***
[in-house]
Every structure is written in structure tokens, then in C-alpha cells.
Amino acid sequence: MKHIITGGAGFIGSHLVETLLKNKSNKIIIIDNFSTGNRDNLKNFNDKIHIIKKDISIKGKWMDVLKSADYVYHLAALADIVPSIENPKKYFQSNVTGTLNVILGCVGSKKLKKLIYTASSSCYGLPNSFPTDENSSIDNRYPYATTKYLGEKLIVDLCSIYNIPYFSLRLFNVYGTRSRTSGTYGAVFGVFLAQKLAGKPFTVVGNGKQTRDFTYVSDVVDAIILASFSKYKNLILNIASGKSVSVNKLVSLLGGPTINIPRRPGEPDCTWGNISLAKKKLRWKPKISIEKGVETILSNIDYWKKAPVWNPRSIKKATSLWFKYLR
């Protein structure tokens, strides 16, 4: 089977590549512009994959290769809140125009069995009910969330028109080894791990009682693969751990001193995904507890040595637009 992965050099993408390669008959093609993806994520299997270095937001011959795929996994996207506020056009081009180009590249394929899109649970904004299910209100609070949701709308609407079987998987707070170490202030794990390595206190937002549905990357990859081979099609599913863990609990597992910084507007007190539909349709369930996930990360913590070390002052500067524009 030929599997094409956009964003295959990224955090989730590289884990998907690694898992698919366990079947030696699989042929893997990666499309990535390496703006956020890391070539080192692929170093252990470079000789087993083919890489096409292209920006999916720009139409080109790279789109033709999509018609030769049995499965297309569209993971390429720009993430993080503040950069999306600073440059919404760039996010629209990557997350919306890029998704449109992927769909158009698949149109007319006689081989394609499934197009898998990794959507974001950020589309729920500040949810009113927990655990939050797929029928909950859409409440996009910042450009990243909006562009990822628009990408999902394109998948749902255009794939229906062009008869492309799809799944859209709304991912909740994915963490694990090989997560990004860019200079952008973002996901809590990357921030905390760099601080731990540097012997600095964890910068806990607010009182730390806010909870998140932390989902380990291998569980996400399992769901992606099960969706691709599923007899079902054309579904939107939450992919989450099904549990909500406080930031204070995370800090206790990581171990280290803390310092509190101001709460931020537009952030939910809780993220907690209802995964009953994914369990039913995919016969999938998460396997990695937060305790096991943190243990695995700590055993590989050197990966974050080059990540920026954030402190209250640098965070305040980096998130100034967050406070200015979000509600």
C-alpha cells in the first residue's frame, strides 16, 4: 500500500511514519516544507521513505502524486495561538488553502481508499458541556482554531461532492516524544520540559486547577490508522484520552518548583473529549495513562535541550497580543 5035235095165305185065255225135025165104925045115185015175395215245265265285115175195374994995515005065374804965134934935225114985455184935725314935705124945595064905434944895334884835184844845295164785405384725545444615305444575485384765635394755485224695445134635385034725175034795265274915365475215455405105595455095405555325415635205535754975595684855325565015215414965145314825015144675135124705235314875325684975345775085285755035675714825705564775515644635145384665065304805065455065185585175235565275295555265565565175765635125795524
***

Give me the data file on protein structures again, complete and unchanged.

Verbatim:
[in-house]
Every structure is written in structure tokens, then in C-alpha cells.
Amino acid sequence: MKHIITGGAGFIGSHLVETLLKNKSNKIIIIDNFSTGNRDNLKNFNDKIHIIKKDISIKGKWMDVLKSADYVYHLAALADIVPSIENPKKYFQSNVTGTLNVILGCVGSKKLKKLIYTASSSCYGLPNSFPTDENSSIDNRYPYATTKYLGEKLIVDLCSIYNIPYFSLRLFNVYGTRSRTSGTYGAVFGVFLAQKLAGKPFTVVGNGKQTRDFTYVSDVVDAIILASFSKYKNLILNIASGKSVSVNKLVSLLGGPTINIPRRPGEPDCTWGNISLAKKKLRWKPKISIEKGVETILSNIDYWKKAPVWNPRSIKKATSLWFKYLR
């Protein structure tokens, strides 16, 4: 089977590549512009994959290769809140125009069995009910969330028109080894791990009682693969751990001193995904507890040595637009 992965050099993408390669008959093609993806994520299997270095937001011959795929996994996207506020056009081009180009590249394929899109649970904004299910209100609070949701709308609407079987998987707070170490202030794990390595206190937002549905990357990859081979099609599913863990609990597992910084507007007190539909349709369930996930990360913590070390002052500067524009 030929599997094409956009964003295959990224955090989730590289884990998907690694898992698919366990079947030696699989042929893997990666499309990535390496703006956020890391070539080192692929170093252990470079000789087993083919890489096409292209920006999916720009139409080109790279789109033709999509018609030769049995499965297309569209993971390429720009993430993080503040950069999306600073440059919404760039996010629209990557997350919306890029998704449109992927769909158009698949149109007319006689081989394609499934197009898998990794959507974001950020589309729920500040949810009113927990655990939050797929029928909950859409409440996009910042450009990243909006562009990822628009990408999902394109998948749902255009794939229906062009008869492309799809799944859209709304991912909740994915963490694990090989997560990004860019200079952008973002996901809590990357921030905390760099601080731990540097012997600095964890910068806990607010009182730390806010909870998140932390989902380990291998569980996400399992769901992606099960969706691709599923007899079902054309579904939107939450992919989450099904549990909500406080930031204070995370800090206790990581171990280290803390310092509190101001709460931020537009952030939910809780993220907690209802995964009953994914369990039913995919016969999938998460396997990695937060305790096991943190243990695995700590055993590989050197990966974050080059990540920026954030402190209250640098965070305040980096998130100034967050406070200015979000509600």
C-alpha cells in the first residue's frame, strides 16, 4: 500500500511514519516544507521513505502524486495561538488553502481508499458541556482554531461532492516524544520540559486547577490508522484520552518548583473529549495513562535541550497580543 5035235095165305185065255225135025165104925045115185015175395215245265265285115175195374994995515005065374804965134934935225114985455184935725314935705124945595064905434944895334884835184844845295164785405384725545444615305444575485384765635394755485224695445134635385034725175034795265274915365475215455405105595455095405555325415635205535754975595684855325565015215414965145314825015144675135124705235314875325684975345775085285755035675714825705564775515644635145384665065304805065455065185585175235565275295555265565565175765635125795524